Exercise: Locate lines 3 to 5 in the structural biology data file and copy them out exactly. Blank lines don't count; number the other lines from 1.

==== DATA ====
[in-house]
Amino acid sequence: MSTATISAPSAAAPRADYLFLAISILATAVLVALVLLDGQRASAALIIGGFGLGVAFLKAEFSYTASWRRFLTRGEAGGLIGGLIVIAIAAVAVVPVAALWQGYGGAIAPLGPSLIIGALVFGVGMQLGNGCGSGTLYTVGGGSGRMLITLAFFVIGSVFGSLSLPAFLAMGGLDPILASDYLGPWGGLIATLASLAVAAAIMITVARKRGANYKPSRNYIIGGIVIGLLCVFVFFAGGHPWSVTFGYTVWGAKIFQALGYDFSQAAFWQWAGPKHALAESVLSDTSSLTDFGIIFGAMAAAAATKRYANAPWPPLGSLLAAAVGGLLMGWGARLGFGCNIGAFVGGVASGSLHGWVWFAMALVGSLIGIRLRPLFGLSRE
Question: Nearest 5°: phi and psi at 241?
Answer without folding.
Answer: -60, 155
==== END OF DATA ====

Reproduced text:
Question: Nearest 5°: phi and psi at 241?
Answer without folding.
Answer: -60, 155